If broadband is to make any difference to consumers, there needs to be a balance in the ecosystem incorporating both infrastructure and applications – a model that continues to generate interest globally. ICT industry analysts and operators believe BRICS markets are emerging as a strong frontier in the rollout of broadband to develop economies.
Speaking at the SATNAC 2013, hosted by Telkom South Africa in Stellenbosch, Western Cape, Noel Kirkaldy, Head of Technology of Middle East and African Region, Nokia Solutions and Networks, detailed the vision of mobile networks to deliver one gigabit of personalised data per user, per day and do so profitably.
From a telecommunications industry point of view, Africa has the infrastructure and the opportunity to harmonise spectrum, to coordinate with government and really benefit from this growth he said.
Kirkaldy described how video content will dominate the communications market (and the services of broadband operators) going forward and that LTE advanced rollout is not a matter of if, but when.
“LTE will be THE mobile broadband radio solution … this has to happen if we are to become more efficient. Spectrum must be allocated on a technology- and service-agnostic basis,” he added.
Presenting his topic Making broadband for all succeed, Luis Martinez Amago, President of Europe Middle-East and Africa, Alcatel-Lucent, spoke of the need to achieve balance between available infrastructure and application development to ensure successful rollout.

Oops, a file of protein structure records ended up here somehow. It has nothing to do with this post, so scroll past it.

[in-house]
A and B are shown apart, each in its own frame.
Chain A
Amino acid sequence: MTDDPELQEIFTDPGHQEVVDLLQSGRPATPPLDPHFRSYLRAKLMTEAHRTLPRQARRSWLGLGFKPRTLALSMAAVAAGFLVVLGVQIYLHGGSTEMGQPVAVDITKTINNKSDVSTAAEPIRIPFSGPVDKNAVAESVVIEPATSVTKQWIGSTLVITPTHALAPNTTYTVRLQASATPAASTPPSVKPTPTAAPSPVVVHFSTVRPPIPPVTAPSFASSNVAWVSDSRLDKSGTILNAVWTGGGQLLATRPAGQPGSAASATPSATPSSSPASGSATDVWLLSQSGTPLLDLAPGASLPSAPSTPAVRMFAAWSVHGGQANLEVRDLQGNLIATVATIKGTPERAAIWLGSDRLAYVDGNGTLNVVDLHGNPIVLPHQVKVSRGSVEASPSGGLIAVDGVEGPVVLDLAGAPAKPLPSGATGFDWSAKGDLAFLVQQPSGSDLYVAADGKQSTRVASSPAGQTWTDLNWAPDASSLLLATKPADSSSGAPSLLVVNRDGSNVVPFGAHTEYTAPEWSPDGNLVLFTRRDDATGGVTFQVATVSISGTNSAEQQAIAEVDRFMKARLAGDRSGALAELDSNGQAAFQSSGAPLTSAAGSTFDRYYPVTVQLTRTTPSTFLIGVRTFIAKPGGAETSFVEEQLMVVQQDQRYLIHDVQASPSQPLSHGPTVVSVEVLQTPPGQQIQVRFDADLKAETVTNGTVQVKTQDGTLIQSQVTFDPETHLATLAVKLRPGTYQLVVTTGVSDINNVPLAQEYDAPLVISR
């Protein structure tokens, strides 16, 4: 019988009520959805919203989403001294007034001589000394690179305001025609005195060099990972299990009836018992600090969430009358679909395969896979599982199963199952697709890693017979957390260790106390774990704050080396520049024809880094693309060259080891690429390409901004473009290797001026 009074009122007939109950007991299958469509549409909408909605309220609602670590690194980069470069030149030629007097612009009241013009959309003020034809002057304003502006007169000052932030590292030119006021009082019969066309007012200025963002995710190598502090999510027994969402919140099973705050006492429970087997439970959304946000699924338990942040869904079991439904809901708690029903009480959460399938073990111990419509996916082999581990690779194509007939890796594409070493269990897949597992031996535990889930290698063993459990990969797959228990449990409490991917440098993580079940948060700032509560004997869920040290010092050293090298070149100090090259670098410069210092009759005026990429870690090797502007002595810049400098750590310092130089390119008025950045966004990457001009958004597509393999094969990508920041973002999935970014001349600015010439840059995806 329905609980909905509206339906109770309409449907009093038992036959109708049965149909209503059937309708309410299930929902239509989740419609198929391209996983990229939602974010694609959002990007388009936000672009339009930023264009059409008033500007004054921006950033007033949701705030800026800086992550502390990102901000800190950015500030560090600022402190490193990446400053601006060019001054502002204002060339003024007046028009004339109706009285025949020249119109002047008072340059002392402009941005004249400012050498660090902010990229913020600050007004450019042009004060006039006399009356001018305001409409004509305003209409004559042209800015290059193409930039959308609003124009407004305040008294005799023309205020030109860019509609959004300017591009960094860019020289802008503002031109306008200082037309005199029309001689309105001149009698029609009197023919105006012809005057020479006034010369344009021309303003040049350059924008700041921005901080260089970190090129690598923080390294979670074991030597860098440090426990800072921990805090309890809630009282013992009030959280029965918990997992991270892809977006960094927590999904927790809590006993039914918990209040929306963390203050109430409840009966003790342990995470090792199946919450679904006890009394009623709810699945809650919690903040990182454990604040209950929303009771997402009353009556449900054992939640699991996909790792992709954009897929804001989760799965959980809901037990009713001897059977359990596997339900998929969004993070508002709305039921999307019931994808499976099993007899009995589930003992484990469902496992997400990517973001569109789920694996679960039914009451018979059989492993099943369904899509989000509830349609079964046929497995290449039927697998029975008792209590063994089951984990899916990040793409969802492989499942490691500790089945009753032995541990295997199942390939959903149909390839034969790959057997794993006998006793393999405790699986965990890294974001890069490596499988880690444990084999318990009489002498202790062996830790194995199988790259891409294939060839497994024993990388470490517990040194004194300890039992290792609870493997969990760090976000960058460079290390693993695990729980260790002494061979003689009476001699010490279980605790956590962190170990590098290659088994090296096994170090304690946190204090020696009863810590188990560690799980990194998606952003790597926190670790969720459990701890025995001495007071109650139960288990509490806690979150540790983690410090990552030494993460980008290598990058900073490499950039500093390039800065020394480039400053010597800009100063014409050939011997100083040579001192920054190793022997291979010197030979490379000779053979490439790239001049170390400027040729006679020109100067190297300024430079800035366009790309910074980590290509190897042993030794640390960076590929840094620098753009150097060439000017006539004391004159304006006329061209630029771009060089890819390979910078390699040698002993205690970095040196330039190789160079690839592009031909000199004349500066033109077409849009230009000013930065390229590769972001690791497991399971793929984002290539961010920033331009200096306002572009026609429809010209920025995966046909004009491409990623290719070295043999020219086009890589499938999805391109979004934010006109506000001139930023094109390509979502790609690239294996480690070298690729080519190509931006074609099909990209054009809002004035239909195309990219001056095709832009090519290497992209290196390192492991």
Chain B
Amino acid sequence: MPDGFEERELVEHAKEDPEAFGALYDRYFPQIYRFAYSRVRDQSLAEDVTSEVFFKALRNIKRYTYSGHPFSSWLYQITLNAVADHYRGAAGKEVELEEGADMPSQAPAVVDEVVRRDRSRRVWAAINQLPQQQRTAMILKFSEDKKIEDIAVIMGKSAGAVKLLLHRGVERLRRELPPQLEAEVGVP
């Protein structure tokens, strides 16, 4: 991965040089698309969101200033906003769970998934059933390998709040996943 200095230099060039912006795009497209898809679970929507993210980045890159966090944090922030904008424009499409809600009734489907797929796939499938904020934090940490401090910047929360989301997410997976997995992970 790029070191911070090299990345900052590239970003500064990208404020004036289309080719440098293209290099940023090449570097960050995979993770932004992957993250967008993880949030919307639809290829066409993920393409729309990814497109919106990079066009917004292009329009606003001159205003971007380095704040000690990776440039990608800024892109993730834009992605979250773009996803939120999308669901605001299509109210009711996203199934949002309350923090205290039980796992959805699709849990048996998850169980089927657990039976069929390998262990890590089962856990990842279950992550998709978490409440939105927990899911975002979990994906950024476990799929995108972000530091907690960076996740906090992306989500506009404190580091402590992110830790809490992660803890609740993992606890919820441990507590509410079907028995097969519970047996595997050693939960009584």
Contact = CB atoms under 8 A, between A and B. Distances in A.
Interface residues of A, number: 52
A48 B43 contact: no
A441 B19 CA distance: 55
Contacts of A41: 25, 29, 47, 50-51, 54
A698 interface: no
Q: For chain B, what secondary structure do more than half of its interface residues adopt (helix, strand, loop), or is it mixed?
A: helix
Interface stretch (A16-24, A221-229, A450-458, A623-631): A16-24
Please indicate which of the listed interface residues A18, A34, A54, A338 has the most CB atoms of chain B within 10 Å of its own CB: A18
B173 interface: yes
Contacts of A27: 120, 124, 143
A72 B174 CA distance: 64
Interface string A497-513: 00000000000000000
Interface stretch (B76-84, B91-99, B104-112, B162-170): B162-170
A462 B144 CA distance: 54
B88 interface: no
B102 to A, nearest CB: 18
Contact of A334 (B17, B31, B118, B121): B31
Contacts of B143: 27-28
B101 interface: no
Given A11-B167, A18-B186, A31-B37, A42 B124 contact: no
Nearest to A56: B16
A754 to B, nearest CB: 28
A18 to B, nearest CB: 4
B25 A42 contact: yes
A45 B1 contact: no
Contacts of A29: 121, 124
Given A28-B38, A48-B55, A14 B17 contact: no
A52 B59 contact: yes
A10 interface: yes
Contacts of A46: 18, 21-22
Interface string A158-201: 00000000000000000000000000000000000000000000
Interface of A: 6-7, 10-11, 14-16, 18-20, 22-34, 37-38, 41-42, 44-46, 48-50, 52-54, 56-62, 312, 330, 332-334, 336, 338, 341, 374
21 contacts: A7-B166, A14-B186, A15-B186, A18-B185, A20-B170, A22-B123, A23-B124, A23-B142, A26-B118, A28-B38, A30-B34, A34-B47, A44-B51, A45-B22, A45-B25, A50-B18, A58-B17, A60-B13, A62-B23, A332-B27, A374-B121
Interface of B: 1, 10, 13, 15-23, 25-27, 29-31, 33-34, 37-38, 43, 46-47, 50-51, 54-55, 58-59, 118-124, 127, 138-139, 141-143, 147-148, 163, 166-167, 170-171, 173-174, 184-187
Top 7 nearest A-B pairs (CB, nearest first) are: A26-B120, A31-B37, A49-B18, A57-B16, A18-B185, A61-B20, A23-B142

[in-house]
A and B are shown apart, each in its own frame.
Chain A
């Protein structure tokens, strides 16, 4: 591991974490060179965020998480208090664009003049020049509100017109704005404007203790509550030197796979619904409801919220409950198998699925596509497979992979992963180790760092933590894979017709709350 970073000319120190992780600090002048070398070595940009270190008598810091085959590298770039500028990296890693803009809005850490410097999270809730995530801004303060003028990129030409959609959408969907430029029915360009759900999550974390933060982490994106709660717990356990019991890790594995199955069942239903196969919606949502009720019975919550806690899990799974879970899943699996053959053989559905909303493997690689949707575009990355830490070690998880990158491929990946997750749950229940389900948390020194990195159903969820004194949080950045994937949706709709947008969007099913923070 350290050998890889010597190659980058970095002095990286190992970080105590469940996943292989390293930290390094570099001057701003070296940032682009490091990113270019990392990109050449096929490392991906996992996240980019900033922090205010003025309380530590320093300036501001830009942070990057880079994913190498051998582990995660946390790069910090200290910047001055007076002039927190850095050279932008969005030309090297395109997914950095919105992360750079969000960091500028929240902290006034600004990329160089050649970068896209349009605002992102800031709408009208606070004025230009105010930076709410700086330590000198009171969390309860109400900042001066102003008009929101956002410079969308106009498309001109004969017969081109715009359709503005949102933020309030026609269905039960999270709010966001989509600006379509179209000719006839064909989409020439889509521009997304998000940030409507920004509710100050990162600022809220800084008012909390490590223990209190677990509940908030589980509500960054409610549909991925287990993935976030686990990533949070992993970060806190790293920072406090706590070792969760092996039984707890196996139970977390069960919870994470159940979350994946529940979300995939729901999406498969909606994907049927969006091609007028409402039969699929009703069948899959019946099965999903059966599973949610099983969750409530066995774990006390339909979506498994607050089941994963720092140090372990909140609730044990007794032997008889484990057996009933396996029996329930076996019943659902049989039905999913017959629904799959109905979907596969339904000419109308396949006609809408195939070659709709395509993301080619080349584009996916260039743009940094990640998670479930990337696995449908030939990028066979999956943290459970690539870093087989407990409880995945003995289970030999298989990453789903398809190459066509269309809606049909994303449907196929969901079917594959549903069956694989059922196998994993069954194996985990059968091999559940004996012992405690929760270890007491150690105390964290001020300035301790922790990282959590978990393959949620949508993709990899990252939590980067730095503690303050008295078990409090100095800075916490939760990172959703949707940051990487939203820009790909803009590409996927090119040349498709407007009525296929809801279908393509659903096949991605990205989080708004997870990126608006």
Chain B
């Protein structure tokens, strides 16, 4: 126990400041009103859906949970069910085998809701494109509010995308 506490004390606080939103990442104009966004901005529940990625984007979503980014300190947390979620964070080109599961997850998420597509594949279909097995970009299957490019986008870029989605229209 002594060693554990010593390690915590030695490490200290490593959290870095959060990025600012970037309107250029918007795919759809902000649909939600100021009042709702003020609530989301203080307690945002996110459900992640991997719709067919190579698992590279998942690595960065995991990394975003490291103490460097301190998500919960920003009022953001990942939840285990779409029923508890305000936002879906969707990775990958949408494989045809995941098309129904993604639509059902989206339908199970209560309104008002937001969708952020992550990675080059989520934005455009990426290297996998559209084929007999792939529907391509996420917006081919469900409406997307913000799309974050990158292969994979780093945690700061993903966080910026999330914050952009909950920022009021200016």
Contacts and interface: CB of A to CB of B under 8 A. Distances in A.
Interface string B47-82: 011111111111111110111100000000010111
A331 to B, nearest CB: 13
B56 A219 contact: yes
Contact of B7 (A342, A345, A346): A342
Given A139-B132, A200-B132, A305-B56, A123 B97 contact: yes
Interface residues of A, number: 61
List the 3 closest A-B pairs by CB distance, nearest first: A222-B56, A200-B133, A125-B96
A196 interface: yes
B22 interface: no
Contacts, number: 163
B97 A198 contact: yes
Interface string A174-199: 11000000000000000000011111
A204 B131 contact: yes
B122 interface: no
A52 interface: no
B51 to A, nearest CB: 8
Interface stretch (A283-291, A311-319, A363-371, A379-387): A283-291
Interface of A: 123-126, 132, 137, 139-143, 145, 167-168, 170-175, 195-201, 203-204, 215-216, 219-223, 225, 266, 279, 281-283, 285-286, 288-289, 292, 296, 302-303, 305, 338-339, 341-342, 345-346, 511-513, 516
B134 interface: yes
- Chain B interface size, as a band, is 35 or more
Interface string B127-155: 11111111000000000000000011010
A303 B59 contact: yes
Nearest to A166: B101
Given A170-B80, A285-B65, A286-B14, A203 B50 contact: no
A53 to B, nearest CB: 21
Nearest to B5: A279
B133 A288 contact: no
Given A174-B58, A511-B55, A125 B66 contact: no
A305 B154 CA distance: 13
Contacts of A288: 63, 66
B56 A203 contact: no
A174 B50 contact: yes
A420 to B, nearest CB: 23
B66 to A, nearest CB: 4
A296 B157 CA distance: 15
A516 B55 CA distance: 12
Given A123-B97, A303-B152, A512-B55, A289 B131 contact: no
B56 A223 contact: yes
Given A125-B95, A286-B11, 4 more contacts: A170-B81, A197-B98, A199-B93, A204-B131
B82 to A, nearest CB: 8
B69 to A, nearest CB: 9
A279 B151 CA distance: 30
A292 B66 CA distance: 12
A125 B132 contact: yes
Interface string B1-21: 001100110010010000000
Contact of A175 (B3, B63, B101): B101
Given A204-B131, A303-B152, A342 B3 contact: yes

He referred to examples in countries like Kenya and Mexico where these systems and application of broadband is making a critical difference in the lives of citizens.
“There is a need to create a broadband ecosystem and, like any ecosystem, it needs to be balanced to be preserved. There is no reason why, with the willingness of government and development of applications, South Africa cannot create this ecosystem, within a sustainable model and effectively rollout broadband,” said Amago.
Suraj Ramlall, CTO at Saab Grintek, reminded the audience that broadband networks is a catalyst for socio-economic development, with specific reference to a statistic which states that for every 10% increase in the penetration of broadband services, there is an increase in economic growth of 1.38%.
Broadband satellite, he said, will play an increasingly important role in this regard.
Chris Tredger - Online Editor